Construction of ambiguities.- Where the language of the instrument is ambiguous, or there are omissions therein, the following rules of construction apply:

1. Where the sum payable is expressed in words and also in figures and there is a discrepancy between the two, the sum denoted by the words is the sum payable; but if the words are ambiguous or uncertain, references may be had to the figures to fix the amount;

2. Where the instrument provides for the payment of interest, without specifying the date from which interest is to run, the interest runs from the date of the instrument, and if the instrument is undated, from the issue thereof;

3. Where the instrument is not dated, it will be considered to be dated as of the time it was issued;

4. Where there is a conflict between the written and printed provisions of the instrument the written provisions prevail.

5. Where the instrument is so ambiguous that there is doubt whether it is a bill or note, the holder may treat it as either at his election.

6. Where a signature is so placed upon the instrument that it is not clear in what capacity the person making the same intended to sign, he is to be deemed an indorser;

7. Where an instrument containing the words "'I promise to pay” is signed by two or more persons, they are deemed to be jointly and severally liable thereon;

8. Where several writings are executed at or about the same time, as parts of the same transaction, intended to accomplish the same object, they may be construed as one and the same instrument as to all parties having notice thereof.

NOTE.--A note drawn by filling out a printed blank provided for the payment of interest after maturity; also that the failure to pay interest as agreed should make the note wholly due and payable. The condition of the mortgage given to secure the note was the payment of the amount “with ten per cent, per annum annually” etc. Construing the instruments together in the light of the parol testimony, it is held that to effectuate the intention of the parties, the printed words “after maturity'' should be erased from the note.

Trade or assumed names.- No person is liable on the instrument whose signature does not appear thereon, except as herein otherwise expressly provided. But one who signs in a trade or assumed name will be liable to the same extent as if he had signed his own name.

NOTE. -SIGNATURE. – Matter written partly on the same line as the last word of a printed form and before the signature, and partly on a lower line, is part of the note. Subscription is not necessary.

Signature by agent. The signature of any party may be made by a duly authorized agent. No particular form of appointment is necessary for this purpose; and the authority of the agent may be established as in other cases of agency.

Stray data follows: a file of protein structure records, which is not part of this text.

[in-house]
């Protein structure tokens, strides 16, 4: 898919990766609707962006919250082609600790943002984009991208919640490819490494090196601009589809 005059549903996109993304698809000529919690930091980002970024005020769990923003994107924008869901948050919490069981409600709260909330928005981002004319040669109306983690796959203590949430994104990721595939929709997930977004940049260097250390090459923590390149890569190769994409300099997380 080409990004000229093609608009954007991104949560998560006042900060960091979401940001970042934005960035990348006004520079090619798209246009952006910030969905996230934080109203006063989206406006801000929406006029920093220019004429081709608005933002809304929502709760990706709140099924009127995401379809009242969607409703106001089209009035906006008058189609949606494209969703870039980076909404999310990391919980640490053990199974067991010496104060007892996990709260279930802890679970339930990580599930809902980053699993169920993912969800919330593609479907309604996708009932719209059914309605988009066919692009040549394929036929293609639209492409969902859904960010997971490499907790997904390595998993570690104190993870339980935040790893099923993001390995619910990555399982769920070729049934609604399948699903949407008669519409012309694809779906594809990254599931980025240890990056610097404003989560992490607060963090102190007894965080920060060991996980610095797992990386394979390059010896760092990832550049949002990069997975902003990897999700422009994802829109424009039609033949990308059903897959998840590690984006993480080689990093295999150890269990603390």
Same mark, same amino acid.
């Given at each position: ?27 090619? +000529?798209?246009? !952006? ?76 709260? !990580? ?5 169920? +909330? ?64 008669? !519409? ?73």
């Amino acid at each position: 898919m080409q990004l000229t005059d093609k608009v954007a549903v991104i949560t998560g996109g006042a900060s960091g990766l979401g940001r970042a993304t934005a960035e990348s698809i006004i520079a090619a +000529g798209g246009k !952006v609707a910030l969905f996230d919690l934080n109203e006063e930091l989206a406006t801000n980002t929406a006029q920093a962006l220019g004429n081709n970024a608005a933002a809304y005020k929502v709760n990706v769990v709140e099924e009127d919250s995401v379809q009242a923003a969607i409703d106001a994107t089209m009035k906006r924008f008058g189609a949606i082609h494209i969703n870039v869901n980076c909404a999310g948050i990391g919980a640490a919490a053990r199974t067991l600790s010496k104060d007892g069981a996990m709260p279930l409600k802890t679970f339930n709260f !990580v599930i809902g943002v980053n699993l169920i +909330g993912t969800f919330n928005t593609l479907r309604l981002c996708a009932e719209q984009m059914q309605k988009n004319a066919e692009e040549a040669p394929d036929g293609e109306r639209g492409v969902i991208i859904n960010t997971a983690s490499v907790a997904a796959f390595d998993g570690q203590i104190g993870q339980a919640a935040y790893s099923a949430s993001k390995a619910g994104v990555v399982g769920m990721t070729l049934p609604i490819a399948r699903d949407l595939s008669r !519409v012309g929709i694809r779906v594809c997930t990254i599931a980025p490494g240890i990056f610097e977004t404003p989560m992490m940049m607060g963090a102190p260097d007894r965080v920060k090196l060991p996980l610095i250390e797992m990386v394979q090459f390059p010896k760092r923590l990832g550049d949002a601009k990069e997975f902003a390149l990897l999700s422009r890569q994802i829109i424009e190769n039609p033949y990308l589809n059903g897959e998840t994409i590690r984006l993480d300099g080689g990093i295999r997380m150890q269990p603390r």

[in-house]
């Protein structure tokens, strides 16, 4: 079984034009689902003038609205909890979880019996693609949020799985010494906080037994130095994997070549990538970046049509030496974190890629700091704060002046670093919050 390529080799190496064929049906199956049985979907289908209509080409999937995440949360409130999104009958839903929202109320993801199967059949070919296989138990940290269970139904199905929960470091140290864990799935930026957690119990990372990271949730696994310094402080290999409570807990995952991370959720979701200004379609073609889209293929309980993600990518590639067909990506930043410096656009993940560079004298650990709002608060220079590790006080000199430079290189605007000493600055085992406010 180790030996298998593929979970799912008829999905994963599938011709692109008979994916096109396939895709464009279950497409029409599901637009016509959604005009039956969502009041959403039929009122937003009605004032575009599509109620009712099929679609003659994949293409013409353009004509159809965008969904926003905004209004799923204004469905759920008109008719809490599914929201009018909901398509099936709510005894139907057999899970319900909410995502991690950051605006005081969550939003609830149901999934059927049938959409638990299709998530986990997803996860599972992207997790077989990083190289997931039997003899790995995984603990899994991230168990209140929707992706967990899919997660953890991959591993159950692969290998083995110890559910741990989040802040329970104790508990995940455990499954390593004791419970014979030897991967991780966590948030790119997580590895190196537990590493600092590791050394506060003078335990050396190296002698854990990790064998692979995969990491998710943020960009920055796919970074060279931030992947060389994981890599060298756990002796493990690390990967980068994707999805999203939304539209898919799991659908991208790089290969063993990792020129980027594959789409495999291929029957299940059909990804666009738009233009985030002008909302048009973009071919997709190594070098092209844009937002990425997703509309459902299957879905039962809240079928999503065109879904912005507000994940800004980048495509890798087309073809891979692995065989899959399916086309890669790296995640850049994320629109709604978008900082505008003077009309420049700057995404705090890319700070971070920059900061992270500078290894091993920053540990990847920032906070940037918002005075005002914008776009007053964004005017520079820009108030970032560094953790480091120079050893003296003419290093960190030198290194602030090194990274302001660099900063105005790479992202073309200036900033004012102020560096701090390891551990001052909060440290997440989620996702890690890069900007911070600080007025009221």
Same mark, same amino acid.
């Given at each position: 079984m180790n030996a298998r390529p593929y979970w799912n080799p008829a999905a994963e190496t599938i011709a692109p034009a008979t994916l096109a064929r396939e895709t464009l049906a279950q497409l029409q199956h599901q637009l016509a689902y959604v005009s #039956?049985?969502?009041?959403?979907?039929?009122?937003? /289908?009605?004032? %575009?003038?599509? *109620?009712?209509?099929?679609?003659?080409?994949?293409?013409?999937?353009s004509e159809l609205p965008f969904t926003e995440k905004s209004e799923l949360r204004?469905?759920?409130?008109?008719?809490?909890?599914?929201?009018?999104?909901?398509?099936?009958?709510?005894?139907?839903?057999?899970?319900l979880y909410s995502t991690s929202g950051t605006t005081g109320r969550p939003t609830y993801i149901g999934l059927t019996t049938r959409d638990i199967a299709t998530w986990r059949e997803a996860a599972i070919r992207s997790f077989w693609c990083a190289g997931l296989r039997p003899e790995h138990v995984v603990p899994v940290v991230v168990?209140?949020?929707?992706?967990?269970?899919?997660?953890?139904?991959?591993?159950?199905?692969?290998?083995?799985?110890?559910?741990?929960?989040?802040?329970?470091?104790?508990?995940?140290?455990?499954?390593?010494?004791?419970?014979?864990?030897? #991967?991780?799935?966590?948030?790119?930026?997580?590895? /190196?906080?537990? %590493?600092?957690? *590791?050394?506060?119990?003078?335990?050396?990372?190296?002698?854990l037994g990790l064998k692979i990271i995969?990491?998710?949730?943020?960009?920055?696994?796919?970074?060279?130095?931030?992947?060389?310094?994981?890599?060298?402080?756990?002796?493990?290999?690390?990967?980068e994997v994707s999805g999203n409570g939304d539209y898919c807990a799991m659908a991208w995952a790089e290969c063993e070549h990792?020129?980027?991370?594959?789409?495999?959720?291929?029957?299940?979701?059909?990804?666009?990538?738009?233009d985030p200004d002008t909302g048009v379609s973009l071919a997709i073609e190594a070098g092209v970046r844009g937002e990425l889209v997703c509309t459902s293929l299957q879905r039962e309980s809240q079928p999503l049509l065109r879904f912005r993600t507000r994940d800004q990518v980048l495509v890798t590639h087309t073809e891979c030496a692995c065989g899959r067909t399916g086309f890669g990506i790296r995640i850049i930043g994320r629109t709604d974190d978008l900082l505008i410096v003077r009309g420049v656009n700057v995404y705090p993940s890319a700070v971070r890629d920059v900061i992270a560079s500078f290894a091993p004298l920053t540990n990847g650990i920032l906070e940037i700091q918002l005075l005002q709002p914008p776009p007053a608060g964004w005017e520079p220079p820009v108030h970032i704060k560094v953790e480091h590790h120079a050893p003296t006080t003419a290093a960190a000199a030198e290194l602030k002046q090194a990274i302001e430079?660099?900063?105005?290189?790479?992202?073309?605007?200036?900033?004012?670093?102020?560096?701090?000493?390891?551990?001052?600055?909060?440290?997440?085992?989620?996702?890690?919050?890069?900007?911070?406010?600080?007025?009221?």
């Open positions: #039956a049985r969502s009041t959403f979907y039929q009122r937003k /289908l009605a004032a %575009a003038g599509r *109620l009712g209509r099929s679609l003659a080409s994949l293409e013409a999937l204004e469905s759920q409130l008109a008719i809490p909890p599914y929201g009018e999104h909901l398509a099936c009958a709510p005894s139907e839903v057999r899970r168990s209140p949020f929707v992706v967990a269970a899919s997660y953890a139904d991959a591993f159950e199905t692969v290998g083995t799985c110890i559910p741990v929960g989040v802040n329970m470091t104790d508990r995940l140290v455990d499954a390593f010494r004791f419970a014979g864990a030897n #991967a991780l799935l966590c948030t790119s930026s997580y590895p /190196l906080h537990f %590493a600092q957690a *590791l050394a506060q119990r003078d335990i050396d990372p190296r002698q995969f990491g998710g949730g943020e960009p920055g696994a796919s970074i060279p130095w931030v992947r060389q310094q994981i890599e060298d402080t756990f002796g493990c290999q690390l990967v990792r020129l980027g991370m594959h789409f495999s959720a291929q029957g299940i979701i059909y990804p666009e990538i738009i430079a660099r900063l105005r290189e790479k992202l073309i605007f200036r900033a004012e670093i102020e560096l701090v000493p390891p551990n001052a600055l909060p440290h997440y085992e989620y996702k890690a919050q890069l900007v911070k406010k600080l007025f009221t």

Agent not liable, when.-Where the instrument contains or a person adds to his signature words indicating that he signs for or on behalf of a principal, or in a representative capacity, he is not liable on the instrument if he was duly authorized; but the mere addition of words describing him as an agent, or as filling a representative character, without disclosing his principal, does not exempt him from personal liability.

NOTE. - A note sued on was as follows: "April 1st, 1858. One year after date, for value received, we, as trustees of the Summerfield M. E. Church, for and in behalf of the said church, promise to pay Diana Taylor the sum of fifteen hundred dollars, with interst, etc. Geo. F. Austin, Edward Emery, M. Steever, W. A. Chapman, R. P. Elmpre, Trustees Summerfield M. E. Church.” Held that whatever might be the conclu

sion as to the personal liability of the trustees in case they had bound the church, if they did not bind the church they bound themselves. The evidence did not show any vote by the board of trustees, at an authorized meeting, to execute said note or to borrow the money for which it was given, but the negotiation appeared to have been continued principally by one of the trustees, and the loan effected without any such previous action, and two of the trustees signed the note, and the lender's agent then took it to the other trustees, and procured their signatures. Held, that the note was not binding upon the church. A note reading “we promise to pay" etc., signed “San Pedro Mining and Milling Company, F. Kraus, President," is the note of the company alone.

Signature by “procuration”.-A signature by "procuration” operates as a notice that the agent has but a limited authority to sign, and the principal is bound only in case the agent in so signing acted within the actual limits of his authority.